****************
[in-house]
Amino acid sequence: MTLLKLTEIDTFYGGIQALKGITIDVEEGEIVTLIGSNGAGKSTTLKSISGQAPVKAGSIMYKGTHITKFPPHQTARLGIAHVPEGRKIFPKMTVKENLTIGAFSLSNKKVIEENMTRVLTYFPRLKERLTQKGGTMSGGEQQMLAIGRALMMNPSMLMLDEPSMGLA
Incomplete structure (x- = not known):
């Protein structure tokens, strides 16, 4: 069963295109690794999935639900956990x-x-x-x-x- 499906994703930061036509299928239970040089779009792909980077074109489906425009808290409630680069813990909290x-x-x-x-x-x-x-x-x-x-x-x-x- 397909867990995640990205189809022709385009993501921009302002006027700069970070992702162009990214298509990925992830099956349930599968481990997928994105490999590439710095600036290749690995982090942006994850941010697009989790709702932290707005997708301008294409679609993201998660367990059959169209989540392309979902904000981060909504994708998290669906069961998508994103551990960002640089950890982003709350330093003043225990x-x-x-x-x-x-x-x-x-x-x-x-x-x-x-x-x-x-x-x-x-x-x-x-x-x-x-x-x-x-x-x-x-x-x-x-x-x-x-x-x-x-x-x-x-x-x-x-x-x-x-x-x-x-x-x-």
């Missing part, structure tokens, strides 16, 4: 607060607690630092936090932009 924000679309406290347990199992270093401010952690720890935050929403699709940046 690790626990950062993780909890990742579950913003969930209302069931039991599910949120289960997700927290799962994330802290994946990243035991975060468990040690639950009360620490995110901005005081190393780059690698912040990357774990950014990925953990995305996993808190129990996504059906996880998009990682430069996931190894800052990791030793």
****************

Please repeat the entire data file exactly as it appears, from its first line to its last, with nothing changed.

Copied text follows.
[in-house]
Amino acid sequence: MTLLKLTEIDTFYGGIQALKGITIDVEEGEIVTLIGSNGAGKSTTLKSISGQAPVKAGSIMYKGTHITKFPPHQTARLGIAHVPEGRKIFPKMTVKENLTIGAFSLSNKKVIEENMTRVLTYFPRLKERLTQKGGTMSGGEQQMLAIGRALMMNPSMLMLDEPSMGLA
Incomplete structure (x- = not known):
């Protein structure tokens, strides 16, 4: 069963295109690794999935639900956990x-x-x-x-x- 499906994703930061036509299928239970040089779009792909980077074109489906425009808290409630680069813990909290x-x-x-x-x-x-x-x-x-x-x-x-x- 397909867990995640990205189809022709385009993501921009302002006027700069970070992702162009990214298509990925992830099956349930599968481990997928994105490999590439710095600036290749690995982090942006994850941010697009989790709702932290707005997708301008294409679609993201998660367990059959169209989540392309979902904000981060909504994708998290669906069961998508994103551990960002640089950890982003709350330093003043225990x-x-x-x-x-x-x-x-x-x-x-x-x-x-x-x-x-x-x-x-x-x-x-x-x-x-x-x-x-x-x-x-x-x-x-x-x-x-x-x-x-x-x-x-x-x-x-x-x-x-x-x-x-x-x-x-």
């Missing part, structure tokens, strides 16, 4: 607060607690630092936090932009 924000679309406290347990199992270093401010952690720890935050929403699709940046 690790626990950062993780909890990742579950913003969930209302069931039991599910949120289960997700927290799962994330802290994946990243035991975060468990040690639950009360620490995110901005005081190393780059690698912040990357774990950014990925953990995305996993808190129990996504059906996880998009990682430069996931190894800052990791030793």